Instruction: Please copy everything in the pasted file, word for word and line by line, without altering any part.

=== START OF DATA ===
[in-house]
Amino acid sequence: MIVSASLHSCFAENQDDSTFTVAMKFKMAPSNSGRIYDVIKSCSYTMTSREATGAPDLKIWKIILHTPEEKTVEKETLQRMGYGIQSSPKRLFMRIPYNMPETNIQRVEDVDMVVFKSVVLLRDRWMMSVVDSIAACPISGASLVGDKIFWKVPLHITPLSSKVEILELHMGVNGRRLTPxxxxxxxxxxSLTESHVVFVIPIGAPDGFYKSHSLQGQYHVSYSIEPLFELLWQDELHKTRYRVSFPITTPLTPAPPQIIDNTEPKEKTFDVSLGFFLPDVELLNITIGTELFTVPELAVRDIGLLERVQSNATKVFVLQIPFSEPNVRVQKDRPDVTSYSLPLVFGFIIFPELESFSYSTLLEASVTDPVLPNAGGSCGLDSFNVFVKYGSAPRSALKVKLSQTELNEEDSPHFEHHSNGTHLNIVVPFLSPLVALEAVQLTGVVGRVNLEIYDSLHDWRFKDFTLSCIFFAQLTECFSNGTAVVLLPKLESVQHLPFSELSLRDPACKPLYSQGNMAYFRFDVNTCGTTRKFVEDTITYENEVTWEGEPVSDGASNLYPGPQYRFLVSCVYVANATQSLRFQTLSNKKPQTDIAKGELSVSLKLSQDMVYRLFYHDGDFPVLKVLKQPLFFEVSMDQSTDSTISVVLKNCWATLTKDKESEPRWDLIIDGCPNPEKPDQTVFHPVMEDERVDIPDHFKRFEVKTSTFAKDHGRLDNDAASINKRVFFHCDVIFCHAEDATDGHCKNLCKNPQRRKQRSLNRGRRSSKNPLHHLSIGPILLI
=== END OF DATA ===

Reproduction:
[in-house]
Amino acid sequence: MIVSASLHSCFAENQDDSTFTVAMKFKMAPSNSGRIYDVIKSCSYTMTSREATGAPDLKIWKIILHTPEEKTVEKETLQRMGYGIQSSPKRLFMRIPYNMPETNIQRVEDVDMVVFKSVVLLRDRWMMSVVDSIAACPISGASLVGDKIFWKVPLHITPLSSKVEILELHMGVNGRRLTPxxxxxxxxxxSLTESHVVFVIPIGAPDGFYKSHSLQGQYHVSYSIEPLFELLWQDELHKTRYRVSFPITTPLTPAPPQIIDNTEPKEKTFDVSLGFFLPDVELLNITIGTELFTVPELAVRDIGLLERVQSNATKVFVLQIPFSEPNVRVQKDRPDVTSYSLPLVFGFIIFPELESFSYSTLLEASVTDPVLPNAGGSCGLDSFNVFVKYGSAPRSALKVKLSQTELNEEDSPHFEHHSNGTHLNIVVPFLSPLVALEAVQLTGVVGRVNLEIYDSLHDWRFKDFTLSCIFFAQLTECFSNGTAVVLLPKLESVQHLPFSELSLRDPACKPLYSQGNMAYFRFDVNTCGTTRKFVEDTITYENEVTWEGEPVSDGASNLYPGPQYRFLVSCVYVANATQSLRFQTLSNKKPQTDIAKGELSVSLKLSQDMVYRLFYHDGDFPVLKVLKQPLFFEVSMDQSTDSTISVVLKNCWATLTKDKESEPRWDLIIDGCPNPEKPDQTVFHPVMEDERVDIPDHFKRFEVKTSTFAKDHGRLDNDAASINKRVFFHCDVIFCHAEDATDGHCKNLCKNPQRRKQRSLNRGRRSSKNPLHHLSIGPILLI